By the 1870s, Stowe's neighborhood on the western edge of Hartford, CT was a celebrated center of New England literary life, and the words "Nook Farm" were as evocative as "the Hamptons" or "the Islands" are today. Who were the people of Nook Farm? And what were their talents?
The vibrant neighborhood that would become Nook Farm began in 1853, when brothers-in-law John Hooker and Francis Gillette purchased 140 acres of pasture and woodland from William Imlay. Bordered on the east by Sigourney Street, the north by Farmington Avenue and on the west and south by the Park River where it made a large curve, or nook, the Imlay property was appropriately called Nook Farm. Hooker and Gillette kept the name for their developing community.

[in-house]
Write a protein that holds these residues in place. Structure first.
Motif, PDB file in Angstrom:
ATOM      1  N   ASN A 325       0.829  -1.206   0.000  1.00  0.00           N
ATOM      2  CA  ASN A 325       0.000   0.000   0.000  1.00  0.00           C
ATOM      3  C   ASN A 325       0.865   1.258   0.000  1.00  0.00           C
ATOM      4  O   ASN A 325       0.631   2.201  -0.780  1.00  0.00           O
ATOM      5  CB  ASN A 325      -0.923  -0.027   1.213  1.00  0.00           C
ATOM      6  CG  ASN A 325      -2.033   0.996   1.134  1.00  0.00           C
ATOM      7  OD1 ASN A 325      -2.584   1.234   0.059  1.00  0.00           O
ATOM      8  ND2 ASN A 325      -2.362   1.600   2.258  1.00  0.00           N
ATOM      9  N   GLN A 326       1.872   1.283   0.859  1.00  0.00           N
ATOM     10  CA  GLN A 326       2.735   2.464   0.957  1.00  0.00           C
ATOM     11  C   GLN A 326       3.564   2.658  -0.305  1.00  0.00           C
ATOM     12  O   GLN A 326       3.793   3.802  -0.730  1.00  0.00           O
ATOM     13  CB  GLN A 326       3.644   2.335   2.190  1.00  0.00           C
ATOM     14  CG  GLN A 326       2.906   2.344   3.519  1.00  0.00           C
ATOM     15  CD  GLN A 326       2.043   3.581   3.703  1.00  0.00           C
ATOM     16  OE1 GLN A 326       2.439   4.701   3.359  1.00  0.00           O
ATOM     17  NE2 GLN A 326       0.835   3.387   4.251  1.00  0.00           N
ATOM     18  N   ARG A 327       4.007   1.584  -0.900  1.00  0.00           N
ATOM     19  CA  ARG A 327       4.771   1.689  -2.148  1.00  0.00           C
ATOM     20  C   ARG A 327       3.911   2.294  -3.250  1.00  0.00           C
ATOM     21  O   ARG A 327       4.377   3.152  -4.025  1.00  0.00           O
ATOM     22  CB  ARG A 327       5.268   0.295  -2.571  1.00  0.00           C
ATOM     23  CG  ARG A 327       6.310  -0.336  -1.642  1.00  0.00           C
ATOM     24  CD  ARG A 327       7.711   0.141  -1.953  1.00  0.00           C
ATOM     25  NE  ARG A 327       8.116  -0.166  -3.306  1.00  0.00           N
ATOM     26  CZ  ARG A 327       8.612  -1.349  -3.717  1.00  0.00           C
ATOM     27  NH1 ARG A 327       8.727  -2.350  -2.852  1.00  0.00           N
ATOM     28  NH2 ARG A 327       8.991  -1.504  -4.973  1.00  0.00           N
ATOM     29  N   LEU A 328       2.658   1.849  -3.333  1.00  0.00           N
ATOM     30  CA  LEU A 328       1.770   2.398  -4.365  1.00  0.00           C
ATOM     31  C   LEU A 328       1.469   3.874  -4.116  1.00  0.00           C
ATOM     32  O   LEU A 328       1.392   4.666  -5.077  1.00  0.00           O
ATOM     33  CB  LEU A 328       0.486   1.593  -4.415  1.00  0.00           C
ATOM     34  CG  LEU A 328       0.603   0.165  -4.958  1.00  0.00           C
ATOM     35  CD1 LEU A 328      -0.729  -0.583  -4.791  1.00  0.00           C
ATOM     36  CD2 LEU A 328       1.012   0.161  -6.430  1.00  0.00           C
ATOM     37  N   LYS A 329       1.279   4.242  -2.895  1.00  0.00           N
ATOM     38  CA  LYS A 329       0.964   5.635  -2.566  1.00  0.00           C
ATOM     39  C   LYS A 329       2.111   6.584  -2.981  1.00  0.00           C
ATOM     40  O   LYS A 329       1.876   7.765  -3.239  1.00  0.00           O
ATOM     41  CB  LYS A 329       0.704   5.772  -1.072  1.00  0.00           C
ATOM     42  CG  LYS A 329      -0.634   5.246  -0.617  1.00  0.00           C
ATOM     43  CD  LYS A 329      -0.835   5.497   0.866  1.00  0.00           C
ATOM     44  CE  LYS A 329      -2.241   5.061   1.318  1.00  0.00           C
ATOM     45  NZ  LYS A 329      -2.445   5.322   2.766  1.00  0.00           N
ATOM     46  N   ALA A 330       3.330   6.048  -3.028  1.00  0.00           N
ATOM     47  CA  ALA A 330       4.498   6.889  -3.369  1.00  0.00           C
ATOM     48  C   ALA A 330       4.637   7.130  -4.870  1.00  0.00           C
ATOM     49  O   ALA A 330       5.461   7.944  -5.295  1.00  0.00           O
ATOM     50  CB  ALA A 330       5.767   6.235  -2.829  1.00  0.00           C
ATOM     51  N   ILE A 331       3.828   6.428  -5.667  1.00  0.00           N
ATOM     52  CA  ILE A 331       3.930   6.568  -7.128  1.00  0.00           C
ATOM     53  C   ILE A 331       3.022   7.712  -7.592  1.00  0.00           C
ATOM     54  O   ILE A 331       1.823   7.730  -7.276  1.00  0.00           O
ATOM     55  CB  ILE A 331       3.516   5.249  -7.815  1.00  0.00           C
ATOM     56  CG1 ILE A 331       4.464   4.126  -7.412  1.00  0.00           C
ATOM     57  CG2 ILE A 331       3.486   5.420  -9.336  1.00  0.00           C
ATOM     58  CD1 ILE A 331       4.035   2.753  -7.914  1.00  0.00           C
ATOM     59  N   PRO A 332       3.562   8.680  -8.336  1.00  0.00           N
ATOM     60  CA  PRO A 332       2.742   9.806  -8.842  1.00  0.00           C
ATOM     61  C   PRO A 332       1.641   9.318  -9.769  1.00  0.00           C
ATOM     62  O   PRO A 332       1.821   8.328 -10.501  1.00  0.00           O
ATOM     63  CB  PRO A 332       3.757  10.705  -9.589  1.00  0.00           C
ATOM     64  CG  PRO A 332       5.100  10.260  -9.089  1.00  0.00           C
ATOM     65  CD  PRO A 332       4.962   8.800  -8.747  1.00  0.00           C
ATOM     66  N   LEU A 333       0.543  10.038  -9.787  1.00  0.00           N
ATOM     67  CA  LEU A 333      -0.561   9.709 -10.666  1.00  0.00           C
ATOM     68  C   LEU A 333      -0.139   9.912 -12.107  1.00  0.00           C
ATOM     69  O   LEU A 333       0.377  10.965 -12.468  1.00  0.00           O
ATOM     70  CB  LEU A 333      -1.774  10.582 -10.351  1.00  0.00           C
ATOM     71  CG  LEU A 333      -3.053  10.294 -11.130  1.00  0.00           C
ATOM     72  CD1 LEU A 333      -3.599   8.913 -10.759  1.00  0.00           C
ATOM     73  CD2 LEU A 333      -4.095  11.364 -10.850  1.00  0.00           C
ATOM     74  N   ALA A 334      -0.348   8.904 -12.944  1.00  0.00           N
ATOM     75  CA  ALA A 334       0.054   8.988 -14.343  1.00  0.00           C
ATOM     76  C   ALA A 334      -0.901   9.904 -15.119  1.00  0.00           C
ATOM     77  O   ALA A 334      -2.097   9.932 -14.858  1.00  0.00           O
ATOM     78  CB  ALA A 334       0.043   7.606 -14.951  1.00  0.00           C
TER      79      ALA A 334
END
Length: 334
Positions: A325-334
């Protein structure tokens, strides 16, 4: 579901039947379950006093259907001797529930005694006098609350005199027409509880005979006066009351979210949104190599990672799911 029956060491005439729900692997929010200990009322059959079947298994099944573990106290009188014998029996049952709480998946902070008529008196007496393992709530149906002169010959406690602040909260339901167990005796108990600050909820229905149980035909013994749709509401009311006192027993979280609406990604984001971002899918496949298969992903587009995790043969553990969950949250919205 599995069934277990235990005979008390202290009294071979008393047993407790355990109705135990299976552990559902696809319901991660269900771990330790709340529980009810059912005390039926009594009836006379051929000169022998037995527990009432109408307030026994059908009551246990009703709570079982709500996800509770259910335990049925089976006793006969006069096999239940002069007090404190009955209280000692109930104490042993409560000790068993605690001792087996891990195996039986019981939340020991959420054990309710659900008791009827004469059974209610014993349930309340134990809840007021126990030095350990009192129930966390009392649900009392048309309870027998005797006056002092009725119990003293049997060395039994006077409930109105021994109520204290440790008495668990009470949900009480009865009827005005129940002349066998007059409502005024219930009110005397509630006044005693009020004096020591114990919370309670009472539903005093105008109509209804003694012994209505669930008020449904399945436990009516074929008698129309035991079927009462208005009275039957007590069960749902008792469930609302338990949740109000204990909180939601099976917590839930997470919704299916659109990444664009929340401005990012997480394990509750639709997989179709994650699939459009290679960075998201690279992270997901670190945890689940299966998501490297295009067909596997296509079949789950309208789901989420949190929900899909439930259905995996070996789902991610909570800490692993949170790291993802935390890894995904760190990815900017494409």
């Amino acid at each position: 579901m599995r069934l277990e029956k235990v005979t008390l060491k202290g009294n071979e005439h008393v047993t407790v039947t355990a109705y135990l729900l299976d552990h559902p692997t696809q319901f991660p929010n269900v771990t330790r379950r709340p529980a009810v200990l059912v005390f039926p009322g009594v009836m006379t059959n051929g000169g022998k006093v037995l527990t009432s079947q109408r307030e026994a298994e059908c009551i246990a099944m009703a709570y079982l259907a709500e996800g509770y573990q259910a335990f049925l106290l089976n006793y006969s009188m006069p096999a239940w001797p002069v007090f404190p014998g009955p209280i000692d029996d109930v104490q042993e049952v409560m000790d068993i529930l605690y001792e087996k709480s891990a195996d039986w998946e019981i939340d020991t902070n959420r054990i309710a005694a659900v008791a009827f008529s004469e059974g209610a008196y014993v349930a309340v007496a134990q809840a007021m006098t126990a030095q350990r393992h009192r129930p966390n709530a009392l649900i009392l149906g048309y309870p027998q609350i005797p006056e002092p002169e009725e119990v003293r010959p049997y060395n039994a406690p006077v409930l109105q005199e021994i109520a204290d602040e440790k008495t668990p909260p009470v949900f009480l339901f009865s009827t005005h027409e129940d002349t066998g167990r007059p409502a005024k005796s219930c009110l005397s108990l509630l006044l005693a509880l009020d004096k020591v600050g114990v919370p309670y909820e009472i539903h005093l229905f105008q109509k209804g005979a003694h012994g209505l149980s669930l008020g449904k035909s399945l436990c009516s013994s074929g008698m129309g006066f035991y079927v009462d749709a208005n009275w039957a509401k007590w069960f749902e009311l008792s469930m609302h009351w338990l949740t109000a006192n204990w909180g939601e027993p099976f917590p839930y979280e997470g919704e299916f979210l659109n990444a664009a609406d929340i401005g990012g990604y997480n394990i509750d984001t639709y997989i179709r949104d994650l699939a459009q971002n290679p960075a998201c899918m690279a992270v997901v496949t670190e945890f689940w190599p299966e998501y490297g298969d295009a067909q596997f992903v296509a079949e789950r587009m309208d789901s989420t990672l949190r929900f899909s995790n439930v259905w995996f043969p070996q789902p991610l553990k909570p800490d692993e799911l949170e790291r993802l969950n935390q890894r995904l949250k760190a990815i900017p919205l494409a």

Over the years, as Hooker and Gillette sold parcels of land to relatives and friends, a community of reformers and activists grew. Some were politicians; others were journalists, feminists, spiritualists, painters, or writers. All of them worked in their own ways to make a positive difference in their worlds. Their accomplishments, activities, and easy hospitality fascinated the public and brought the neighborhood renown.
Two residents, Harriet Beecher Stowe and Mark Twain, were international celebrities. Isabella Beecher Hooker, Joseph Hawley, Charles Dudley Warner and William Gillette acquired national fame. Others may be less familiar today, but they were prominent Connecticut citizens.
The buildings of Nook Farm generated as much interest as the residents. Nationally celebrated architects designed many of the houses in styles that ranged from merely modern to radically unconventional.